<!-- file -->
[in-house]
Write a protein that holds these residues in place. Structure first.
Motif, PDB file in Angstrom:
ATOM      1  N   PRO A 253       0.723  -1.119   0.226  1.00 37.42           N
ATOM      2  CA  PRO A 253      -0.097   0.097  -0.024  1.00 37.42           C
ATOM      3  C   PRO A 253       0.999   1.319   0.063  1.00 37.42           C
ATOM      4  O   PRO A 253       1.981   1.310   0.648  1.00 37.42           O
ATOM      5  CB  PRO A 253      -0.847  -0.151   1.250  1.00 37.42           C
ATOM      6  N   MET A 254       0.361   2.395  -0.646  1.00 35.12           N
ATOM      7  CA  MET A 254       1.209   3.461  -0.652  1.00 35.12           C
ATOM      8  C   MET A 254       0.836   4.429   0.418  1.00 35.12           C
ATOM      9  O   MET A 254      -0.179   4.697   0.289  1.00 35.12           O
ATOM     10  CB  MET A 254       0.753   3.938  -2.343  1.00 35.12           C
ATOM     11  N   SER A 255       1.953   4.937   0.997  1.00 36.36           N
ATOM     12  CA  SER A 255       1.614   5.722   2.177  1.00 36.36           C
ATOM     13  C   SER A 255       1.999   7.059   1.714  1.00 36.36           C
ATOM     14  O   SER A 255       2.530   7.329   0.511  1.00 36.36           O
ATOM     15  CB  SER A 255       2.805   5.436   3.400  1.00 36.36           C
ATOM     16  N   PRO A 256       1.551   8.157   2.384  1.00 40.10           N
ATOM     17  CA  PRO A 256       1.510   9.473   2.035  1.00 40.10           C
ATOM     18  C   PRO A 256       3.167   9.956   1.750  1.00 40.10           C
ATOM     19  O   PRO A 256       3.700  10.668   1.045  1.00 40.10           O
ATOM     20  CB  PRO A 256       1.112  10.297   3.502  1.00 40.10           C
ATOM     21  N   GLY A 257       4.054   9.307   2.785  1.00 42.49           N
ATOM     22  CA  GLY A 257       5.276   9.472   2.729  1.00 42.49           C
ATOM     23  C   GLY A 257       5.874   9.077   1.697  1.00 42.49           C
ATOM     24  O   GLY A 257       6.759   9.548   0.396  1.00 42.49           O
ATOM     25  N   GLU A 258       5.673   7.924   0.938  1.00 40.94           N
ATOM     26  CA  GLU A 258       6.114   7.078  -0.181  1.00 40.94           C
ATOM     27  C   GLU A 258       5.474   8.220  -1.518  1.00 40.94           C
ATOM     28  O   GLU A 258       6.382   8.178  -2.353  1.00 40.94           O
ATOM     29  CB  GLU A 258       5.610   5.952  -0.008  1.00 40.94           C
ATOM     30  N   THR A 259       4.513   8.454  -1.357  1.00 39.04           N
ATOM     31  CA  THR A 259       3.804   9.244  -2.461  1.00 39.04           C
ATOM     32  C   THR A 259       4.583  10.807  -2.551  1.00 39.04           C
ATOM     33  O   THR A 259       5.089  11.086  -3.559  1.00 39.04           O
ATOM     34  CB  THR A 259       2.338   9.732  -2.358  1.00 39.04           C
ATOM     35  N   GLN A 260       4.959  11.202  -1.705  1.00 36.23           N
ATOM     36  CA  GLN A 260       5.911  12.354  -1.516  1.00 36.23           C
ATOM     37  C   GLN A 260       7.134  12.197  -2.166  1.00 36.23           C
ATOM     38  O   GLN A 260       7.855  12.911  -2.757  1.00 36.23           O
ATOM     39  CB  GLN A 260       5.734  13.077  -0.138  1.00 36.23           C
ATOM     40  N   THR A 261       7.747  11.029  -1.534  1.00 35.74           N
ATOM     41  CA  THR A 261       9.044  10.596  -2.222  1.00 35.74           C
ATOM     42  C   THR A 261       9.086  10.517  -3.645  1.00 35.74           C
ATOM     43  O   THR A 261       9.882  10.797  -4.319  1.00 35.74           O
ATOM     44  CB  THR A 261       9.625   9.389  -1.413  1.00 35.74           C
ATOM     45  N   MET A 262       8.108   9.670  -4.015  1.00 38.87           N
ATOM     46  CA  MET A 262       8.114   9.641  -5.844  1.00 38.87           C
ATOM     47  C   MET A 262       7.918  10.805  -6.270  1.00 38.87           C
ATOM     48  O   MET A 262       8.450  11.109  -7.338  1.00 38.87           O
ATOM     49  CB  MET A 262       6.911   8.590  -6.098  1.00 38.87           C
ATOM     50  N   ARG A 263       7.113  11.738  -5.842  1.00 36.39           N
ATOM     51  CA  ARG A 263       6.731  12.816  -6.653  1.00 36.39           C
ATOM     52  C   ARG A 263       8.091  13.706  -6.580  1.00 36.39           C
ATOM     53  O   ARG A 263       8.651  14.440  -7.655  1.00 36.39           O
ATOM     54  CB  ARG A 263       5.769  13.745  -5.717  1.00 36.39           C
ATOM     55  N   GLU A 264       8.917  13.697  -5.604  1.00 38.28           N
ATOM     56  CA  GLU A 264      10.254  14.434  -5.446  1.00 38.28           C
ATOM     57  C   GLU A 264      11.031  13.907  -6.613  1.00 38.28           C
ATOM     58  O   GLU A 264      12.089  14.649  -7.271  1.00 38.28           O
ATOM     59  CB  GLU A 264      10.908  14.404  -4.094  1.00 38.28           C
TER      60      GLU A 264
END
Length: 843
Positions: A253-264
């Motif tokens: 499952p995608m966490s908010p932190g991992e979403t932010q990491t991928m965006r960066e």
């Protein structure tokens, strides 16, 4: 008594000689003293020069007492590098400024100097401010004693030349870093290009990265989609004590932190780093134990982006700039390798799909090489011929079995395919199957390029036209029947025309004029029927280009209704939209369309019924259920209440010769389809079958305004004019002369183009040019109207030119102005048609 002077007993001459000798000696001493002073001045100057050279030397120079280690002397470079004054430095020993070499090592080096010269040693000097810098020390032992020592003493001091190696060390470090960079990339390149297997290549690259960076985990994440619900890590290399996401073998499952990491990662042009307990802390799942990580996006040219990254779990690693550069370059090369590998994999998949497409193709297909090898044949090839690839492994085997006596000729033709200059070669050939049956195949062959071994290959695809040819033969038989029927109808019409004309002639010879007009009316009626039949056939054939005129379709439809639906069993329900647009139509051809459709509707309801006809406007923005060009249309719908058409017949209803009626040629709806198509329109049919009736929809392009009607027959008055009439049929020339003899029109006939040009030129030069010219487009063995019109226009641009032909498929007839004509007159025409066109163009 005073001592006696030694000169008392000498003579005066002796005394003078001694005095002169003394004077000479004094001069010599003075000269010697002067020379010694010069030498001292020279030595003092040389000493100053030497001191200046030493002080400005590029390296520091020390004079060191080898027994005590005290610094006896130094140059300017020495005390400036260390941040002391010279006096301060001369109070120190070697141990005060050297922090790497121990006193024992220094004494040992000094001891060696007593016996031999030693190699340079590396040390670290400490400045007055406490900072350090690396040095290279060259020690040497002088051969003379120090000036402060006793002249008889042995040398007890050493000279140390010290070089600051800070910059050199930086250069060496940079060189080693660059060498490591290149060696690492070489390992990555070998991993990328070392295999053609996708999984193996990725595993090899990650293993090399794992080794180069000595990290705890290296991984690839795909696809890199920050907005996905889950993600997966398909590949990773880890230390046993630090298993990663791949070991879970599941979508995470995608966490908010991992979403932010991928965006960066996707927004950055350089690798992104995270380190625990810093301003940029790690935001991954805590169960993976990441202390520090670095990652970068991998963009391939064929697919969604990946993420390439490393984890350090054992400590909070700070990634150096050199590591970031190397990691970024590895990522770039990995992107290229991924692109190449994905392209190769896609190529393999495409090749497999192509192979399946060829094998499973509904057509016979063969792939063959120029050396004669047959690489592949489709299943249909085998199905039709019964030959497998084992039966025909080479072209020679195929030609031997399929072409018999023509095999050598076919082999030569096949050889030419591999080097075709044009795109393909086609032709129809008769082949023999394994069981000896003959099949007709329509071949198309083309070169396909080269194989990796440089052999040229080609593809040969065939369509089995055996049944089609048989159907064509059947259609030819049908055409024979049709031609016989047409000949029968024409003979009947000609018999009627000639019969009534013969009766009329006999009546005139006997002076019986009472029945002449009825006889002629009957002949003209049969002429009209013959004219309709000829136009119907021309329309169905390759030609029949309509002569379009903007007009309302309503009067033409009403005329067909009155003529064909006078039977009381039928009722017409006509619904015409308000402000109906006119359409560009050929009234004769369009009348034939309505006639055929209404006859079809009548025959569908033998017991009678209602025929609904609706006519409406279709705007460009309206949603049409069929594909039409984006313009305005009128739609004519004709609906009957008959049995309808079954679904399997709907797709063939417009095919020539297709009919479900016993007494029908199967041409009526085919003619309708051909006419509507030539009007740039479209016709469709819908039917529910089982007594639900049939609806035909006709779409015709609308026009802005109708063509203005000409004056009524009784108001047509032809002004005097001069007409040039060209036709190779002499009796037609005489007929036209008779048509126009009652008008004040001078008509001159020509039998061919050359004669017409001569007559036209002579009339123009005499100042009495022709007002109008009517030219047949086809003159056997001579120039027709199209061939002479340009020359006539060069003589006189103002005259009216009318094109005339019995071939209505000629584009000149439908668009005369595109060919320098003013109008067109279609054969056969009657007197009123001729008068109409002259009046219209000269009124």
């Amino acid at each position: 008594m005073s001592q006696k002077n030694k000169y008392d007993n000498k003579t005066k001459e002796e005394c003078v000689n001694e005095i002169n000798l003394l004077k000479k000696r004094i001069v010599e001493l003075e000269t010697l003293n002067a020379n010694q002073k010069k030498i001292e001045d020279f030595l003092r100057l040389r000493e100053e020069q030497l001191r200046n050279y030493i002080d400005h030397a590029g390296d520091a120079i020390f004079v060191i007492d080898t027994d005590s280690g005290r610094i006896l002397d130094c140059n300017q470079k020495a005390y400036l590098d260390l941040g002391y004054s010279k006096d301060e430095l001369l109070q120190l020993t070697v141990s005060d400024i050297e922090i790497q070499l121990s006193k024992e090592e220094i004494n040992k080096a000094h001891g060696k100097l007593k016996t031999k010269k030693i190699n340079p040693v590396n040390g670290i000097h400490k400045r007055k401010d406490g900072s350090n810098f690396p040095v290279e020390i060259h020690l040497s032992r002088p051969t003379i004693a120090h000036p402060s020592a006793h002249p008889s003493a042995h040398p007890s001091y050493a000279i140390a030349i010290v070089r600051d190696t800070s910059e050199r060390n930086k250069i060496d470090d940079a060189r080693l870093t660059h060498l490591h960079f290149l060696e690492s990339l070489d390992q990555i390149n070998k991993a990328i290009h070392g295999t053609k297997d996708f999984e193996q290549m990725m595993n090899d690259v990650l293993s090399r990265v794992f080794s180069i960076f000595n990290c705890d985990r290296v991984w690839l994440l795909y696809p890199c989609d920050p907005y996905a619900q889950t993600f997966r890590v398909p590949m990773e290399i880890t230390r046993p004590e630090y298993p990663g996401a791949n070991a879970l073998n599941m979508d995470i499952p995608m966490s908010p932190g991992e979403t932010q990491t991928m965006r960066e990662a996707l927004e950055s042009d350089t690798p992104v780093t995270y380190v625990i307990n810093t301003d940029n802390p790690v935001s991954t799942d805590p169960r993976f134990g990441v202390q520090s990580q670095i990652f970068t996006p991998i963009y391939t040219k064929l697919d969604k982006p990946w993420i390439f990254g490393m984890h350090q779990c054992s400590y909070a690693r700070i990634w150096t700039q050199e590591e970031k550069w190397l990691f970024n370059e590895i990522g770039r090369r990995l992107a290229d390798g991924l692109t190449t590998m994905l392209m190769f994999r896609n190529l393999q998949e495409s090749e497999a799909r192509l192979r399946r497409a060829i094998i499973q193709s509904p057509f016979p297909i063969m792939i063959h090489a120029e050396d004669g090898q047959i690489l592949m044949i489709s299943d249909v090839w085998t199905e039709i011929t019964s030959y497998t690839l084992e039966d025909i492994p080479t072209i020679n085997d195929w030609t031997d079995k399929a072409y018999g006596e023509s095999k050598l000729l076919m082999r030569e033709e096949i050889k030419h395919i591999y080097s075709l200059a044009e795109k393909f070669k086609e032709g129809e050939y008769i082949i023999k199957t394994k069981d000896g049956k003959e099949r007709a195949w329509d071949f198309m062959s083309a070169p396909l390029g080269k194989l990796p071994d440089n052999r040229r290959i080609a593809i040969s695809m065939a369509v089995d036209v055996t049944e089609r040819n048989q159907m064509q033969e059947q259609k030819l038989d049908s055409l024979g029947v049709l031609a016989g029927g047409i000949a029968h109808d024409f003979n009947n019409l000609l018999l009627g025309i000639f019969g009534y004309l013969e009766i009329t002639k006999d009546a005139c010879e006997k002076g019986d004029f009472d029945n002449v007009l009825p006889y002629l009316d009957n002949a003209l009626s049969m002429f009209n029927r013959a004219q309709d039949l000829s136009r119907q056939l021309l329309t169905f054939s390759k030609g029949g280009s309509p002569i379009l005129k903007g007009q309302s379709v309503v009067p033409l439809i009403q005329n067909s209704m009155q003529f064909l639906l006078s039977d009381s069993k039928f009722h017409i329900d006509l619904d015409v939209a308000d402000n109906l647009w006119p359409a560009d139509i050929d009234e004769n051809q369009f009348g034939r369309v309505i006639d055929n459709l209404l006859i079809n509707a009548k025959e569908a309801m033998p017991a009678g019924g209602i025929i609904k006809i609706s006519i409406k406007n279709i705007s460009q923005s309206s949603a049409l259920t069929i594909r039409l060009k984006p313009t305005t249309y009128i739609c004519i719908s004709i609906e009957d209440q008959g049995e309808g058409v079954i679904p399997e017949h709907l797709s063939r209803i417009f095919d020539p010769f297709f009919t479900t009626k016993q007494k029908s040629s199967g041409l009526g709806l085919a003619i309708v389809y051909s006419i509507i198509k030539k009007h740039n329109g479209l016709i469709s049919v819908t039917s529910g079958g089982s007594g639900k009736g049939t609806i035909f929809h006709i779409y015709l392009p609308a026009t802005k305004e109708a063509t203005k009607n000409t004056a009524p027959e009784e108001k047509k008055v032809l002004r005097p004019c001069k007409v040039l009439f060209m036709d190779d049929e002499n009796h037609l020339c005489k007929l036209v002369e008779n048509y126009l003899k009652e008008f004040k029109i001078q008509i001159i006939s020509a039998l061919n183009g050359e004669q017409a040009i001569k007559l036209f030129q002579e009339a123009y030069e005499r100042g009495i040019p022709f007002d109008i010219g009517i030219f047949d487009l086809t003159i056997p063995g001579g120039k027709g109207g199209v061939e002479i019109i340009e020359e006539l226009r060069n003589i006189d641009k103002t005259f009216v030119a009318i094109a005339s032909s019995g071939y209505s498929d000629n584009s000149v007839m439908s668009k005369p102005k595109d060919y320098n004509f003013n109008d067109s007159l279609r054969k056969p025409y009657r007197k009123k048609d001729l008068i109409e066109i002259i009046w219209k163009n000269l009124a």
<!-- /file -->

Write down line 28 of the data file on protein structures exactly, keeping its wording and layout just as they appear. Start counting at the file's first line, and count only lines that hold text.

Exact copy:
ATOM     25  N   GLU A 258       5.673   7.924   0.938  1.00 40.94           N